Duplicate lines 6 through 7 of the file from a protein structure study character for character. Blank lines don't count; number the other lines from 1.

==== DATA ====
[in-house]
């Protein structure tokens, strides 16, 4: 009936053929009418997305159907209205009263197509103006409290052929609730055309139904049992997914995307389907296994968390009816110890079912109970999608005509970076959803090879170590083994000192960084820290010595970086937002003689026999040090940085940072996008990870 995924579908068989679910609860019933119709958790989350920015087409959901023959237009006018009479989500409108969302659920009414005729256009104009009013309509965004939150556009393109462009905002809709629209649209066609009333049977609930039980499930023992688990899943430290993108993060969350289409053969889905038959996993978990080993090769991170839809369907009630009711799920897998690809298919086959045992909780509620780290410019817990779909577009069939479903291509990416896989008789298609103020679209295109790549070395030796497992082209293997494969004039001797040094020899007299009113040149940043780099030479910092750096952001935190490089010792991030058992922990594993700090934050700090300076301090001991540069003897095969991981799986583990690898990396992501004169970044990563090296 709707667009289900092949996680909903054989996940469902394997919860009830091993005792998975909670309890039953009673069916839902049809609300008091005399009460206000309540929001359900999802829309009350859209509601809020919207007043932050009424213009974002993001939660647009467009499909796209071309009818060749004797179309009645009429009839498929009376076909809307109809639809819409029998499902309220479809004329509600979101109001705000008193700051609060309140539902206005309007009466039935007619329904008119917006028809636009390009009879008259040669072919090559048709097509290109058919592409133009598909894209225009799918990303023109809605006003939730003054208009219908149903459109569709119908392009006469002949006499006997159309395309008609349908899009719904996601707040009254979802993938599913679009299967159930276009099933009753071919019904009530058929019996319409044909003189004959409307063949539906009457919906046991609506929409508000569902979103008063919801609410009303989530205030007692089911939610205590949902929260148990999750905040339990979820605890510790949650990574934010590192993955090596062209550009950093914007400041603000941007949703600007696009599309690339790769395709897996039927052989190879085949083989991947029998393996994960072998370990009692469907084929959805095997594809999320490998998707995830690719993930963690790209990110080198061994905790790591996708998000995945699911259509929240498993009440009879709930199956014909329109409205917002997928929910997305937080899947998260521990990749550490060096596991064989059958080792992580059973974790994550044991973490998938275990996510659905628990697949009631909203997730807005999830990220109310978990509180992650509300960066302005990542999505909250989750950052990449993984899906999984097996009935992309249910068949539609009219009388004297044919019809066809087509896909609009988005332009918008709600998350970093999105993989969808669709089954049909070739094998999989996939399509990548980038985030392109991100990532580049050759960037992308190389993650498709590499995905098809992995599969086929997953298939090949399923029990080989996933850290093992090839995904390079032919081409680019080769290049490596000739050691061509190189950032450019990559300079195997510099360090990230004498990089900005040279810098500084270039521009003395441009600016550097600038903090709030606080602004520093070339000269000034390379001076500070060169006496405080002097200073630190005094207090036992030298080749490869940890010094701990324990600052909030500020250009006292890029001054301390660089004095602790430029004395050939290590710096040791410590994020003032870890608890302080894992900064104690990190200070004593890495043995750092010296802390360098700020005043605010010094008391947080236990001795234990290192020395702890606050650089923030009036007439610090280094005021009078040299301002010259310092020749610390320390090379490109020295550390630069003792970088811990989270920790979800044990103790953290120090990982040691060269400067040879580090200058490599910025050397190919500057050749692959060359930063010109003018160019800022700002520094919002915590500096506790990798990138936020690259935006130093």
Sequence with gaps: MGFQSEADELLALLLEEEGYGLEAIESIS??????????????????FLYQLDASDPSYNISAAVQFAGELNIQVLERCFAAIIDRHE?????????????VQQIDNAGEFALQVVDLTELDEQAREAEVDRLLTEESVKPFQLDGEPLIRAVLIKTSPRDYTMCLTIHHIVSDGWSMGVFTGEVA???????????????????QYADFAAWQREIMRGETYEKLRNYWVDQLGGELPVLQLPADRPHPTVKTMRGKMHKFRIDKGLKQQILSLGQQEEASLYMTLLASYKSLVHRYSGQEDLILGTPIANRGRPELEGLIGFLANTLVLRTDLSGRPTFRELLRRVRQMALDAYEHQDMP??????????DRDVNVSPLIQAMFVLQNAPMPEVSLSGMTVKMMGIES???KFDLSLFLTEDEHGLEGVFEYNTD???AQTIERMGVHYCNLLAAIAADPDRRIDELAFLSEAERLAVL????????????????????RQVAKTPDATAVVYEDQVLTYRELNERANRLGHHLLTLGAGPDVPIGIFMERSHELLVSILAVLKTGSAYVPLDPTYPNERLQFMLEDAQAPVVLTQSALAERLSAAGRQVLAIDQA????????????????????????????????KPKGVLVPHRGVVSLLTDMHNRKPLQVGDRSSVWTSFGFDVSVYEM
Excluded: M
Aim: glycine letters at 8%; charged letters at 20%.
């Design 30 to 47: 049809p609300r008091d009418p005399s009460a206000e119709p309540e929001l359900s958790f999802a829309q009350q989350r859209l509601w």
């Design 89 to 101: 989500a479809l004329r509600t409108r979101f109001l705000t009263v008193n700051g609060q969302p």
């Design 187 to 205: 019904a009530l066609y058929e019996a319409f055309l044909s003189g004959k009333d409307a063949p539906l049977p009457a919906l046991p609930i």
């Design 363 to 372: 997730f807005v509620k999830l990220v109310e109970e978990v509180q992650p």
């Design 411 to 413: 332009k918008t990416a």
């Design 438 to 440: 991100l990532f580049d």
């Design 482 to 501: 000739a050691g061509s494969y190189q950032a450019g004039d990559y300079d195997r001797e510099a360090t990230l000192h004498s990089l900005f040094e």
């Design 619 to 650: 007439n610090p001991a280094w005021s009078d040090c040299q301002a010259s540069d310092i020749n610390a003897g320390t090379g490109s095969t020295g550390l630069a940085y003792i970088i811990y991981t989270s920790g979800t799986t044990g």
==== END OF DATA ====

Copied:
């Design 30 to 47: 049809p609300r008091d009418p005399s009460a206000e119709p309540e929001l359900s958790f999802a829309q009350q989350r859209l509601w």
């Design 89 to 101: 989500a479809l004329r509600t409108r979101f109001l705000t009263v008193n700051g609060q969302p």